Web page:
By the time his street collapsed into a ravine, William Lyttle had excavated over 100 cubic metres of earth from beneath his house in Hackney. His tunnels, some more than 20 metres long, had not only undermined the road, but were also causing his neighbours houses to subside.  In 40 years Lyttle had dug a cavernous warren, equipped with nothing more than a pickaxe and a shovel. His efforts earned him the name of ‘Mole Man’ amongst his disgruntled neighbours. It was at their behest that he was evicted from his subterranean home in 2009 and moved into a top floor flat. The council hoped that stowing Lyttle away in a high rise would cure him of his compulsion. But they underestimated the man. An inspection of his flat revealed that soon after moving in he had knocked a hole through the wall from the kitchen into the living room. It seemed that Lyttle would stop at nothing to continue burrowing, even if it meant drilling his tower block full of human-sized holes.

Stories of the Mole Man found their way into the press and Lyttle attracted a cult following. Everyone asked the same thing, why did he dig? But both journalists and fans found that their questions were met with modesty and cryptic answers. Lyttle referred to his labyrinth as a mere wine cellar which he had subjected to a few ‘home improvements’. When pressed further on his motivations he said, “Inventing things that don’t work is a brilliant thing, you know. People ask what the big secret is. And you know what? There isn’t one.” William Lyttle passed away in 2010 leaving behind his burrow, a roofless house and a lot of people scratching their heads.

William Lyttle

 Fig. 1 The entrance to one of William Lyttle’s tunnels (left), William ‘Mole Man’ Lyttle (right)

It is not difficult to see why the Mole Man’s behaviour left people confused. Humans tend to make their homes in superficial structures. We are, after all, descended from tree dwelling apes. Underground living is left to rodents, moles, badgers and a few eccentric penguin species. Whilst they scurried about beneath the ground our ancestors climbed down from the forest canopy, waded and crawled about the savanna and did a bit of swimming now and again. Their behavioural progression explains why today we stand upright, why our bodies are bald and our heads hairy and why we have very sensitive hands. At no point did Homo sapiens develop the powerful forearms and tough claws needed for tunnelling.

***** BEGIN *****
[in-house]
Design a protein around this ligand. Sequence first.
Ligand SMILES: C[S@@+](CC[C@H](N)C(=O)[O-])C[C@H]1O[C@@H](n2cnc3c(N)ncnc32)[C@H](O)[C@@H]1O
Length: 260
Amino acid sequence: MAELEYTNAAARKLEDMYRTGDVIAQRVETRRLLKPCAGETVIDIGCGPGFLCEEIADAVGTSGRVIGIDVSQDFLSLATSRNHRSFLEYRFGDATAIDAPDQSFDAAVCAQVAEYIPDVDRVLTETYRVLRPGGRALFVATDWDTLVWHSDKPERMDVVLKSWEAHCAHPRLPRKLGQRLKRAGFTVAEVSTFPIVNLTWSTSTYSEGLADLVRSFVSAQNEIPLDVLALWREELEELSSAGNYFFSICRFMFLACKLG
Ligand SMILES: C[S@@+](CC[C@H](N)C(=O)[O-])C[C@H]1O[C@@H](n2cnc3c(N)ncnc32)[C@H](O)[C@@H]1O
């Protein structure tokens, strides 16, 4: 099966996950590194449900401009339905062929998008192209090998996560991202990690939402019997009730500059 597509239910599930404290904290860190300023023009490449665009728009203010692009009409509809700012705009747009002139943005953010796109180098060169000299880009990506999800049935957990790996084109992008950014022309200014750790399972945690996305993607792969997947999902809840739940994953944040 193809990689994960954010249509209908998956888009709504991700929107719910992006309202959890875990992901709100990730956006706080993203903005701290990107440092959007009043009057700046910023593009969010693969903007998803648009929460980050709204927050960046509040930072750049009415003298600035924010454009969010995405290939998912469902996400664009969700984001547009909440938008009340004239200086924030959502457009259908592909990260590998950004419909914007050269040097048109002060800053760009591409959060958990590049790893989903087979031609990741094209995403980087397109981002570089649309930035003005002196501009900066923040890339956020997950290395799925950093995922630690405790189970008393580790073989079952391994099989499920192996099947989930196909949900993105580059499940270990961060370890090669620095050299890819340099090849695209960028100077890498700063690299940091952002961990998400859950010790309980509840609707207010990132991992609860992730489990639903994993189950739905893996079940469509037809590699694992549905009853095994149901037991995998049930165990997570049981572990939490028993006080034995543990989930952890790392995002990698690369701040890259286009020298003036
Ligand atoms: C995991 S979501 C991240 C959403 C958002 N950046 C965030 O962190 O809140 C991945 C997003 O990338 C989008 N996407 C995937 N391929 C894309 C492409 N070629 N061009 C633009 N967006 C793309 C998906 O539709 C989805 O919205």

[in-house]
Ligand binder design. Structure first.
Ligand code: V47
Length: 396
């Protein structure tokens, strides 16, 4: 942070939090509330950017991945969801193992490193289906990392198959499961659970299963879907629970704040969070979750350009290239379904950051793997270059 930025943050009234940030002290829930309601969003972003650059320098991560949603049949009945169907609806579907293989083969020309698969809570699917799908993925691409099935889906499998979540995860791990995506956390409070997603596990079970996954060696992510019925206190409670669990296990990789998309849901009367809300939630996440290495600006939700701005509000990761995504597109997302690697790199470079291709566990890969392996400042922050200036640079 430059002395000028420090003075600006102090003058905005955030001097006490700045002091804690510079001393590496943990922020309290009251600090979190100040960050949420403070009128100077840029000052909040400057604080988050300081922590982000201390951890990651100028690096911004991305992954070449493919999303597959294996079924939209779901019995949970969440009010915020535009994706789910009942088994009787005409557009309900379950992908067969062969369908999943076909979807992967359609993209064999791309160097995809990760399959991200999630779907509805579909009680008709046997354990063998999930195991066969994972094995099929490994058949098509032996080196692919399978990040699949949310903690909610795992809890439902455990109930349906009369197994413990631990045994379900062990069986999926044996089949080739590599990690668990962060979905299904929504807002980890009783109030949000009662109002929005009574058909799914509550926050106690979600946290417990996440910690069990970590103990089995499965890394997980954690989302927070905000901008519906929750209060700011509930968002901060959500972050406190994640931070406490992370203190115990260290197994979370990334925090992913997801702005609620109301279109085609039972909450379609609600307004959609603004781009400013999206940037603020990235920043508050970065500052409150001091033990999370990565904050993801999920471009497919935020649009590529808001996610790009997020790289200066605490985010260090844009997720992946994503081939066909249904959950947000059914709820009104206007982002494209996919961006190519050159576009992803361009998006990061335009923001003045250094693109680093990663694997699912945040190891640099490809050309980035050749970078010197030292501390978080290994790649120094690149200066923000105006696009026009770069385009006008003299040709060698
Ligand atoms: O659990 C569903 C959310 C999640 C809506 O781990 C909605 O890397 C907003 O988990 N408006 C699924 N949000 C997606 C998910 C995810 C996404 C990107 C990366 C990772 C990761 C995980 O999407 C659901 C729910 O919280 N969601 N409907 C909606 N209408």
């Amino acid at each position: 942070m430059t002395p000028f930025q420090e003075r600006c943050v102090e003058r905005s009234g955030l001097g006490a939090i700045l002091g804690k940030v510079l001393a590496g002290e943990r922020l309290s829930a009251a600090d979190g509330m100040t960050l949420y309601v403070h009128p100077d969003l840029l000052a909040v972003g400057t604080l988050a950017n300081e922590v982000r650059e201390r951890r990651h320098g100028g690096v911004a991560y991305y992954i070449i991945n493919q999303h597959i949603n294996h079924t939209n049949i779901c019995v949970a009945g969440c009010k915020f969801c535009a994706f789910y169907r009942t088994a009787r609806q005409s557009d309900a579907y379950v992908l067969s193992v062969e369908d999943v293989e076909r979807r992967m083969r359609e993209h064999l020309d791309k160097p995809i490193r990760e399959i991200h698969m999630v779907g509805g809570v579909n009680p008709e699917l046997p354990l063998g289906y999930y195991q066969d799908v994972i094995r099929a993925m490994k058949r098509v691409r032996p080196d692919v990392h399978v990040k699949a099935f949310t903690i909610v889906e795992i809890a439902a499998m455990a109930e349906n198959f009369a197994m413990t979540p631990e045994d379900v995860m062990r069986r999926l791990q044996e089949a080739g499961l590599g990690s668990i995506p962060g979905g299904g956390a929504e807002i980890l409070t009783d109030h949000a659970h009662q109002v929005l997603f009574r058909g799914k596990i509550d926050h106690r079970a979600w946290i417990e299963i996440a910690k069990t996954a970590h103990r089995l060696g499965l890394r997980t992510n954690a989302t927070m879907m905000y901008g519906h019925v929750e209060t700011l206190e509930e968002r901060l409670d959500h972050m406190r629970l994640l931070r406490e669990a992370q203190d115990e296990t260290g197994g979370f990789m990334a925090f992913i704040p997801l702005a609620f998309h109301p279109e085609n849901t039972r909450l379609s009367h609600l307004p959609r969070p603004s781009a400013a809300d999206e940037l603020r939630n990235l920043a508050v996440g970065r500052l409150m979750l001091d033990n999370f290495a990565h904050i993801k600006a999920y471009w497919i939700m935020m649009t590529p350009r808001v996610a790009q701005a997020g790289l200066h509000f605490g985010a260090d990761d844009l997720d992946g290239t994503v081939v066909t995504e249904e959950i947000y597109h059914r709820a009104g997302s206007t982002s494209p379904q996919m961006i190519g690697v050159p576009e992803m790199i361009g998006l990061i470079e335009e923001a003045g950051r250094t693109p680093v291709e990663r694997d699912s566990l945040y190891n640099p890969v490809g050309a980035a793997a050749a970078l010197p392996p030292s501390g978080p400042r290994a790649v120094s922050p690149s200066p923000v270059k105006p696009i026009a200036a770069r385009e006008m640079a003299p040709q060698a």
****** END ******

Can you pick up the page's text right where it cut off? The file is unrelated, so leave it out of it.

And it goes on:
Those who do buck the evolutionary trend and burrow into the soil become, like the Mole Man, objects of both suspicion and wonder. Underground dwellings are associated with secrets and skulduggery. The buildings down there are not houses; they are dungeons, bunkers and catacombs. These shady places attract cults, whether they be the bear-worshipping cave painters of Chauvet cave, or the roman followers of Mythras who carried out initiation ceremonies in ‘ordeal pits’ in their subterranean temples. They have also offered shelter to persecuted people throughout the ages. The Dead Sea Scrolls are thought to have been left in a network of caves by a clandestine Jewish sect who hid out there during the Jewish Rebellion some 2000 years ago.  Today, it is estimated that there are over one thousand homeless people living in ramshackle shelters in the 300 miles of storm drains under New York, a community derogatively known as the ‘mole people’. All of these underground cultures have been the source of fascination, romanticism and misportrayal. We desperately want them to add some enchantment to our modern lives. By imagining there to be an alternative world below the surface we reassure ourselves that there is an escape from our overlit, over sanitised and rationalised cities waiting just around the corner. Manhole covers become portals into a mysterious underworld.